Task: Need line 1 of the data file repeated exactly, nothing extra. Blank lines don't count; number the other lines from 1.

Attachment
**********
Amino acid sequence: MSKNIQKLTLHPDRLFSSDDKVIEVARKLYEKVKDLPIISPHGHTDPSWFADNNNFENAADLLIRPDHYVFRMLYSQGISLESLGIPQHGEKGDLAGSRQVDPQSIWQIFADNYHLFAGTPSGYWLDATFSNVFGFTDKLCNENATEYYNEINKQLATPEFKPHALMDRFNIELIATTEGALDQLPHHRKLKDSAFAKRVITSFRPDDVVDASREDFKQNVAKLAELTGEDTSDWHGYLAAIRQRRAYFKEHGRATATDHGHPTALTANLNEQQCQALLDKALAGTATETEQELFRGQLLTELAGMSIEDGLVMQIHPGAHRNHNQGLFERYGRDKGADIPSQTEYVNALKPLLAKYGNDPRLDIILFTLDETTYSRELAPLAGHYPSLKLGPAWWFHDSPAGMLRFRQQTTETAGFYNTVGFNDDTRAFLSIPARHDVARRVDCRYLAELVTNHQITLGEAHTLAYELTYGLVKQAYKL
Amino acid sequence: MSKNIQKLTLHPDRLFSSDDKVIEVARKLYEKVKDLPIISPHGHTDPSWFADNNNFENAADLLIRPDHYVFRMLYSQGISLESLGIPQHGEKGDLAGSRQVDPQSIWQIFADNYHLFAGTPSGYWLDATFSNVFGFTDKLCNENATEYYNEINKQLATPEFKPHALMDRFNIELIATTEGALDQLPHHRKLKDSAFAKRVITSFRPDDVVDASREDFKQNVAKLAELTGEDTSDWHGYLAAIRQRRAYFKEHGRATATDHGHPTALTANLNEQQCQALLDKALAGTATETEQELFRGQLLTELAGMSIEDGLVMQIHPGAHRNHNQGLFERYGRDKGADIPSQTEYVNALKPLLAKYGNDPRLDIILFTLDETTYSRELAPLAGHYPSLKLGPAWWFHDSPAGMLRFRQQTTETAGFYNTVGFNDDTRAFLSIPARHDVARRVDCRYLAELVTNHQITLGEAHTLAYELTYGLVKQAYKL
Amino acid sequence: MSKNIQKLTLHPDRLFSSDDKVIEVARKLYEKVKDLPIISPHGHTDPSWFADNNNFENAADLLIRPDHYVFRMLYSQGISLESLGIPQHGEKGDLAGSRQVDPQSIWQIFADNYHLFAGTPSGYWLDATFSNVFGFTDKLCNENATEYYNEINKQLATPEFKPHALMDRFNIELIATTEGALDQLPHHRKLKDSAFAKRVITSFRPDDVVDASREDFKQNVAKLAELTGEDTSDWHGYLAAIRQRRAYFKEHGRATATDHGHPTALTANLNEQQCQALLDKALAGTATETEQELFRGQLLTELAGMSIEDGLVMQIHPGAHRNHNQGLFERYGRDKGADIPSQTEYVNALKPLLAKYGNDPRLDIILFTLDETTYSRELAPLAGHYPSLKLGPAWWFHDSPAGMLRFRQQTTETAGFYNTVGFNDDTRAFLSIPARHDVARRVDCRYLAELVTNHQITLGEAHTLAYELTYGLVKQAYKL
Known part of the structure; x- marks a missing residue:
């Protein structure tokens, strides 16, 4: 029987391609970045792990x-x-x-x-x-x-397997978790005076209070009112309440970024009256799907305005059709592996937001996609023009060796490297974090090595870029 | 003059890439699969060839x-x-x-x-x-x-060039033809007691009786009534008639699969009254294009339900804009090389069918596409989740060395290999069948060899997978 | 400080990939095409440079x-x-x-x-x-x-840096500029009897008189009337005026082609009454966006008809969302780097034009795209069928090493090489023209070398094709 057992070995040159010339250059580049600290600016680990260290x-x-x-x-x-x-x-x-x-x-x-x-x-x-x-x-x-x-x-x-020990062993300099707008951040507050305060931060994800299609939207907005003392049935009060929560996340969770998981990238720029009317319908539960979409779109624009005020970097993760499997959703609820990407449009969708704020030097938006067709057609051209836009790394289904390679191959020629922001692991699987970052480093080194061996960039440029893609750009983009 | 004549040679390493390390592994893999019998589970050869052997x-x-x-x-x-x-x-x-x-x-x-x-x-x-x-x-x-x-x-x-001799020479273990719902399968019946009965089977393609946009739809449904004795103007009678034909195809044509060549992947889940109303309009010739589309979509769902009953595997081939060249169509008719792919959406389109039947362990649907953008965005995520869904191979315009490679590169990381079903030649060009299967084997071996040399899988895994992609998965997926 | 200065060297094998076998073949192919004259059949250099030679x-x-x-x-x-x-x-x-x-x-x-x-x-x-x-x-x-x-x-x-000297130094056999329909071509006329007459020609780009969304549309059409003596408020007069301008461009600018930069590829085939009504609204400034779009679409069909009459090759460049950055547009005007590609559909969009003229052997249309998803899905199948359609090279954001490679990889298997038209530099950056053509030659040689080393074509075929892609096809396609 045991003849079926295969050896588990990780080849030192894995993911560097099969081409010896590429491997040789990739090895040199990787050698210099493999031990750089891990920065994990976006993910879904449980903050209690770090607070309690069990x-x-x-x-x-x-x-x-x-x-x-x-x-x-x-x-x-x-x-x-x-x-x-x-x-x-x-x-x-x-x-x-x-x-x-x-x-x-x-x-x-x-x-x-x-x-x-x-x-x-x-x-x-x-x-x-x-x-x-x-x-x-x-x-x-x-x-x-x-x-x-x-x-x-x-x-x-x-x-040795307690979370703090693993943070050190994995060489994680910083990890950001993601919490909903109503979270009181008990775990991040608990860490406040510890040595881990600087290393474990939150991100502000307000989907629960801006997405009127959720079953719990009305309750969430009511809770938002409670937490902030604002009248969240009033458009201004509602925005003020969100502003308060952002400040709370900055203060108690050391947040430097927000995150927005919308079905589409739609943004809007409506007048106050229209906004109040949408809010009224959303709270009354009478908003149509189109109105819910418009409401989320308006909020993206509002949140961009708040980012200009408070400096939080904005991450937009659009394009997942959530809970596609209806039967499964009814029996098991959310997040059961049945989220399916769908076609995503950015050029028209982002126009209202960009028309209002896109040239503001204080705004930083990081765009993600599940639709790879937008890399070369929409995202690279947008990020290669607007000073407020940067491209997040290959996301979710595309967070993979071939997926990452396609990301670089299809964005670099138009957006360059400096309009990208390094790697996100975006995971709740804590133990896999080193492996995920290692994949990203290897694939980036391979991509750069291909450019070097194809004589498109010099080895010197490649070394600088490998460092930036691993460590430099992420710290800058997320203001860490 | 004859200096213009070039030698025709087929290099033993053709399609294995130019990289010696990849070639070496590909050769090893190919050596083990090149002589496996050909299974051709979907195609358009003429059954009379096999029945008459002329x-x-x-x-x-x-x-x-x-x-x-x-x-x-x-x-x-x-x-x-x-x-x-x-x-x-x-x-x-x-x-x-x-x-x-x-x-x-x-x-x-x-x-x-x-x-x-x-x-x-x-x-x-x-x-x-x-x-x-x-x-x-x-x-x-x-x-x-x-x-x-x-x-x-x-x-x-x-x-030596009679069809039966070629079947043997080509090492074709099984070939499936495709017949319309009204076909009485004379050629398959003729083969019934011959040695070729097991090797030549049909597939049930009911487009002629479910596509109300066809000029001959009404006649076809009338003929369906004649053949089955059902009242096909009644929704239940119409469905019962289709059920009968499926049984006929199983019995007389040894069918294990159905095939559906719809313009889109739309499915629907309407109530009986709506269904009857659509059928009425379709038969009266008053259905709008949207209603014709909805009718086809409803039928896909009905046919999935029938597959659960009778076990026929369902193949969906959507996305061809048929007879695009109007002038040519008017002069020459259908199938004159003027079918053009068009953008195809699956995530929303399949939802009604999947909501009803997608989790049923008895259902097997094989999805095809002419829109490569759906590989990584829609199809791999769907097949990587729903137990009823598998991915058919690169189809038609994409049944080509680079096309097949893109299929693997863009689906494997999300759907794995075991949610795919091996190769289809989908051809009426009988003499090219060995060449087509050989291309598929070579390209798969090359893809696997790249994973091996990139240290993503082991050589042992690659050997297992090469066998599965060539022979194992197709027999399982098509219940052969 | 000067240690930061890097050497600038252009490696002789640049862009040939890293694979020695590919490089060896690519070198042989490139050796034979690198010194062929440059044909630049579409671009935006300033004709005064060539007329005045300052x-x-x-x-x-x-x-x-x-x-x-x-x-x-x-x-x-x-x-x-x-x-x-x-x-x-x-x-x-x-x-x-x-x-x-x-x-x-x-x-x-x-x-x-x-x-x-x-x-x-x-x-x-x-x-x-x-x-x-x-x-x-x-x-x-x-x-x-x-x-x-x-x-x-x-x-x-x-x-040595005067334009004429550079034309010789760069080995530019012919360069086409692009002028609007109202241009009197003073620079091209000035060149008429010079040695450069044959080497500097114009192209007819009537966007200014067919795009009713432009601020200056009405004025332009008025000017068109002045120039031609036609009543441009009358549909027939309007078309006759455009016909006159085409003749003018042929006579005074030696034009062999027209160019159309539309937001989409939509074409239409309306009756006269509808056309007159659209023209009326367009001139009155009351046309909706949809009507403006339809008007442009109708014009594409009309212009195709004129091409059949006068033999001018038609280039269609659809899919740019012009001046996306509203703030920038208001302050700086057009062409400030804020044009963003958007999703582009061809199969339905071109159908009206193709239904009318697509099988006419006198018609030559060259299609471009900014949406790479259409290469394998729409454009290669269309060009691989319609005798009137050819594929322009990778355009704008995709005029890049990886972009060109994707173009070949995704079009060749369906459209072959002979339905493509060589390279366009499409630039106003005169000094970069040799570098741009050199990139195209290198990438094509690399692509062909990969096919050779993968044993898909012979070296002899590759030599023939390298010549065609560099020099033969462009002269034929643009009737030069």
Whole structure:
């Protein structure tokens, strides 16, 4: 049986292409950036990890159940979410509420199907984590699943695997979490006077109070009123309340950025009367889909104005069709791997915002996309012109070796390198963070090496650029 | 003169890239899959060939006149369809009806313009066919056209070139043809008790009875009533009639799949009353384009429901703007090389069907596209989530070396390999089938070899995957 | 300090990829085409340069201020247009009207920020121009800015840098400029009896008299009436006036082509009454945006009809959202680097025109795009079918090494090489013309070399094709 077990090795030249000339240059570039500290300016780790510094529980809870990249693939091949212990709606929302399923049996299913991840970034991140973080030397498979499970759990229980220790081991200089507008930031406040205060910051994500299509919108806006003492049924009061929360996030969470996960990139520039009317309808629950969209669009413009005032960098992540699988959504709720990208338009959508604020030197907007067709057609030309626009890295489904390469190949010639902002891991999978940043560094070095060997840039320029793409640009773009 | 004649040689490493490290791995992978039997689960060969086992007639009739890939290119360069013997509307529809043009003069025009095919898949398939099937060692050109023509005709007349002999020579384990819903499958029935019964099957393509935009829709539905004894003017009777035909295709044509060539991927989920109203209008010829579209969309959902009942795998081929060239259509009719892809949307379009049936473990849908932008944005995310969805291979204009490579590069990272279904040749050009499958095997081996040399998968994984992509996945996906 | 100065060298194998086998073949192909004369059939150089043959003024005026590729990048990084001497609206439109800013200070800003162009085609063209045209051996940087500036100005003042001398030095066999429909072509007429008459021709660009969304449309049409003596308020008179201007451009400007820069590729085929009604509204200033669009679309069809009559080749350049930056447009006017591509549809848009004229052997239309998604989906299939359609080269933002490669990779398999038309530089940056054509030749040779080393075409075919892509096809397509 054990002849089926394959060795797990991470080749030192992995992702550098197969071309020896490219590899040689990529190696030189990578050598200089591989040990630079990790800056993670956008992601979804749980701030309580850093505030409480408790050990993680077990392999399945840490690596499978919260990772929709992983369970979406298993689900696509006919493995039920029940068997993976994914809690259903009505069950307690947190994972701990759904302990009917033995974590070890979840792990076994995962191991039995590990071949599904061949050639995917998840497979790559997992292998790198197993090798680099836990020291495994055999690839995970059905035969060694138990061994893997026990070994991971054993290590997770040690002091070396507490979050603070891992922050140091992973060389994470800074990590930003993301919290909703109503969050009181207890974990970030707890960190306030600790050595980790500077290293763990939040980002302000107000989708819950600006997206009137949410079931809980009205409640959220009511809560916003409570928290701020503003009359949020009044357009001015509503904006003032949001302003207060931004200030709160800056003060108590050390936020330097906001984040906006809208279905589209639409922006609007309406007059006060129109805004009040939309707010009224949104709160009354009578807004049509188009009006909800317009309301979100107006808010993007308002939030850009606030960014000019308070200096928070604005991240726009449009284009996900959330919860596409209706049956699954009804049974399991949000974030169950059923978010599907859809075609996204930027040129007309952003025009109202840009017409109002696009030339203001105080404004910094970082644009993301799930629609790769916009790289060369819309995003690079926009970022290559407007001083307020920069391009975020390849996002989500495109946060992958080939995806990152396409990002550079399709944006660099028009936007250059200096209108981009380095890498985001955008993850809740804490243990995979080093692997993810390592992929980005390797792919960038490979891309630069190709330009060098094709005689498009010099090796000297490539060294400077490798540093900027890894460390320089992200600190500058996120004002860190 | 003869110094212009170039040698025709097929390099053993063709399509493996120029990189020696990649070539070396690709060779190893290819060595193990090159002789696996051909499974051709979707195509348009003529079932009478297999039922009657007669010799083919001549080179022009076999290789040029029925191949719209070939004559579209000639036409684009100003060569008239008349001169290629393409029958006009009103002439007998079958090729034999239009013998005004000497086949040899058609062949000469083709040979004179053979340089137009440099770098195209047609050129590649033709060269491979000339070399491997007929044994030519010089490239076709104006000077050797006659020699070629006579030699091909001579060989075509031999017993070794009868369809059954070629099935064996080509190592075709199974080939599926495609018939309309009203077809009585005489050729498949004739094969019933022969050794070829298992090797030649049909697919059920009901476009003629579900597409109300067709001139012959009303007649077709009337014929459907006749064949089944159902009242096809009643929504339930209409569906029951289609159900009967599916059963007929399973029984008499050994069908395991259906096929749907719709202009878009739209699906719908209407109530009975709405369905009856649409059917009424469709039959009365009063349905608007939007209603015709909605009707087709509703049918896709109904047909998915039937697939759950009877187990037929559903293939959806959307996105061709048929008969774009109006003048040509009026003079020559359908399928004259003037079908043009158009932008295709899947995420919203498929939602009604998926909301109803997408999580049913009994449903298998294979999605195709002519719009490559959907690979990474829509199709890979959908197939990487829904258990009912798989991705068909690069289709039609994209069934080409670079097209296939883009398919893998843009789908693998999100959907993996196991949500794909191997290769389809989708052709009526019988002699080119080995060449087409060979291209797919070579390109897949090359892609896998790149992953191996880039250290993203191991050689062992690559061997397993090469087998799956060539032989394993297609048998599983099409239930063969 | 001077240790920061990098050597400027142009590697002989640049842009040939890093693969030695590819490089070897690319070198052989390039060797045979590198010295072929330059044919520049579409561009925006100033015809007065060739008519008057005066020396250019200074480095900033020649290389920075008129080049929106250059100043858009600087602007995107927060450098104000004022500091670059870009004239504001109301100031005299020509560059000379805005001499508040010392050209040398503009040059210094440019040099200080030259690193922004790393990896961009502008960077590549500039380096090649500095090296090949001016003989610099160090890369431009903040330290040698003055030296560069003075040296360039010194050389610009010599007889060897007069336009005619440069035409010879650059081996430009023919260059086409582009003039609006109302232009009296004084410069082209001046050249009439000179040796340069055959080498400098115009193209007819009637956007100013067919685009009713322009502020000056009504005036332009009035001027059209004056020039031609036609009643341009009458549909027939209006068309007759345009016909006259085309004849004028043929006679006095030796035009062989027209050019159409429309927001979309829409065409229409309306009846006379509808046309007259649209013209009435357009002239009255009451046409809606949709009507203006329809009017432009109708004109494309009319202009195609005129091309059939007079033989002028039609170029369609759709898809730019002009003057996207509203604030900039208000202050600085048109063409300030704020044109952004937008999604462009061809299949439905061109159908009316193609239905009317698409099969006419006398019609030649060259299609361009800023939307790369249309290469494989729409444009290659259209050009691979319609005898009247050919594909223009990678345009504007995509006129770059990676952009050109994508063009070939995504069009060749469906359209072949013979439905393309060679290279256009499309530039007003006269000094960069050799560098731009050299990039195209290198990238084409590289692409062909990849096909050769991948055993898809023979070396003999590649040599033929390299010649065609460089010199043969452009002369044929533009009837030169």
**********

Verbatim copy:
Amino acid sequence: MSKNIQKLTLHPDRLFSSDDKVIEVARKLYEKVKDLPIISPHGHTDPSWFADNNNFENAADLLIRPDHYVFRMLYSQGISLESLGIPQHGEKGDLAGSRQVDPQSIWQIFADNYHLFAGTPSGYWLDATFSNVFGFTDKLCNENATEYYNEINKQLATPEFKPHALMDRFNIELIATTEGALDQLPHHRKLKDSAFAKRVITSFRPDDVVDASREDFKQNVAKLAELTGEDTSDWHGYLAAIRQRRAYFKEHGRATATDHGHPTALTANLNEQQCQALLDKALAGTATETEQELFRGQLLTELAGMSIEDGLVMQIHPGAHRNHNQGLFERYGRDKGADIPSQTEYVNALKPLLAKYGNDPRLDIILFTLDETTYSRELAPLAGHYPSLKLGPAWWFHDSPAGMLRFRQQTTETAGFYNTVGFNDDTRAFLSIPARHDVARRVDCRYLAELVTNHQITLGEAHTLAYELTYGLVKQAYKL